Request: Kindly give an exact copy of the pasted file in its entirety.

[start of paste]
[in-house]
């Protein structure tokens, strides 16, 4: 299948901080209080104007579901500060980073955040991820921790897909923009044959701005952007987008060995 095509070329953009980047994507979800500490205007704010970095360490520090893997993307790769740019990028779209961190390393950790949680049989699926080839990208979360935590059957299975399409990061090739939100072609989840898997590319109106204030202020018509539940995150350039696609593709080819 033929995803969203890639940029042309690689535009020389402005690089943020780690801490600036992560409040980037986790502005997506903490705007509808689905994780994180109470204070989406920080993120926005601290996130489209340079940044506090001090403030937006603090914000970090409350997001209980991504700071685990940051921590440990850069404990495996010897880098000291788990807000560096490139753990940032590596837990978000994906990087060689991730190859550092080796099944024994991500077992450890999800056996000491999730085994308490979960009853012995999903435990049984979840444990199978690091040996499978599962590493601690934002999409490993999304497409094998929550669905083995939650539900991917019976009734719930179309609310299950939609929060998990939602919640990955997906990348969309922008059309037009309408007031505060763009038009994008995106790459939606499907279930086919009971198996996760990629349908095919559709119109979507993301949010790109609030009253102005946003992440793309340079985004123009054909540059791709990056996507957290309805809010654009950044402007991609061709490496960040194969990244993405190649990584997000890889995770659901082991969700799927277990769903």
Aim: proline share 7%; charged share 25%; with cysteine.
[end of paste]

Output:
[in-house]
């Protein structure tokens, strides 16, 4: 299948901080209080104007579901500060980073955040991820921790897909923009044959701005952007987008060995 095509070329953009980047994507979800500490205007704010970095360490520090893997993307790769740019990028779209961190390393950790949680049989699926080839990208979360935590059957299975399409990061090739939100072609989840898997590319109106204030202020018509539940995150350039696609593709080819 033929995803969203890639940029042309690689535009020389402005690089943020780690801490600036992560409040980037986790502005997506903490705007509808689905994780994180109470204070989406920080993120926005601290996130489209340079940044506090001090403030937006603090914000970090409350997001209980991504700071685990940051921590440990850069404990495996010897880098000291788990807000560096490139753990940032590596837990978000994906990087060689991730190859550092080796099944024994991500077992450890999800056996000491999730085994308490979960009853012995999903435990049984979840444990199978690091040996499978599962590493601690934002999409490993999304497409094998929550669905083995939650539900991917019976009734719930179309609310299950939609929060998990939602919640990955997906990348969309922008059309037009309408007031505060763009038009994008995106790459939606499907279930086919009971198996996760990629349908095919559709119109979507993301949010790109609030009253102005946003992440793309340079985004123009054909540059791709990056996507957290309805809010654009950044402007991609061709490496960040194969990244993405190649990584997000890889995770659901082991969700799927277990769903």
Aim: proline share 7%; charged share 25%; with cysteine.